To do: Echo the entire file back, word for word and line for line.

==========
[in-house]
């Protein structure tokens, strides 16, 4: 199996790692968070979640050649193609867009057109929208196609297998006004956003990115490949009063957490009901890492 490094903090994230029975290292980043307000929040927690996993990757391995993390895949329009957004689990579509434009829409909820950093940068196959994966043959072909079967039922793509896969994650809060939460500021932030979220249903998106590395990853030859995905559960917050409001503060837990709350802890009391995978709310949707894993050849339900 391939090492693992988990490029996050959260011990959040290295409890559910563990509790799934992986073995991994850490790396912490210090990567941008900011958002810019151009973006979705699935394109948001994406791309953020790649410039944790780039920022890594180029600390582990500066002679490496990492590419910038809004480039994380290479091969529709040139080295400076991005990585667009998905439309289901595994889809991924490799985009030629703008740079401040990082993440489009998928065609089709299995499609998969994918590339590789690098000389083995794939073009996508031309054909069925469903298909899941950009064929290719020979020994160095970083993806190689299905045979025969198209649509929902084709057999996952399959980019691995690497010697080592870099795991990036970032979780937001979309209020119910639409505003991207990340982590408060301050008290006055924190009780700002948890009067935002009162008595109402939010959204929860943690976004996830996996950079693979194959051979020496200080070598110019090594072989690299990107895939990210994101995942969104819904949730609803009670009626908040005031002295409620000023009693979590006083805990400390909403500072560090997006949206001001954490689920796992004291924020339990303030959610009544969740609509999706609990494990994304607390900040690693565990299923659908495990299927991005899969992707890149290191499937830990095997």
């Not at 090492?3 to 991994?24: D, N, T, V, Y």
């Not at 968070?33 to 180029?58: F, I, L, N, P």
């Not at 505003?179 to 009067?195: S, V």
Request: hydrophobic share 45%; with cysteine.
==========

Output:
[in-house]
């Protein structure tokens, strides 16, 4: 199996790692968070979640050649193609867009057109929208196609297998006004956003990115490949009063957490009901890492 490094903090994230029975290292980043307000929040927690996993990757391995993390895949329009957004689990579509434009829409909820950093940068196959994966043959072909079967039922793509896969994650809060939460500021932030979220249903998106590395990853030859995905559960917050409001503060837990709350802890009391995978709310949707894993050849339900 391939090492693992988990490029996050959260011990959040290295409890559910563990509790799934992986073995991994850490790396912490210090990567941008900011958002810019151009973006979705699935394109948001994406791309953020790649410039944790780039920022890594180029600390582990500066002679490496990492590419910038809004480039994380290479091969529709040139080295400076991005990585667009998905439309289901595994889809991924490799985009030629703008740079401040990082993440489009998928065609089709299995499609998969994918590339590789690098000389083995794939073009996508031309054909069925469903298909899941950009064929290719020979020994160095970083993806190689299905045979025969198209649509929902084709057999996952399959980019691995690497010697080592870099795991990036970032979780937001979309209020119910639409505003991207990340982590408060301050008290006055924190009780700002948890009067935002009162008595109402939010959204929860943690976004996830996996950079693979194959051979020496200080070598110019090594072989690299990107895939990210994101995942969104819904949730609803009670009626908040005031002295409620000023009693979590006083805990400390909403500072560090997006949206001001954490689920796992004291924020339990303030959610009544969740609509999706609990494990994304607390900040690693565990299923659908495990299927991005899969992707890149290191499937830990095997």
């Not at 090492?3 to 991994?24: D, N, T, V, Y």
């Not at 968070?33 to 180029?58: F, I, L, N, P």
């Not at 505003?179 to 009067?195: S, V």
Request: hydrophobic share 45%; with cysteine.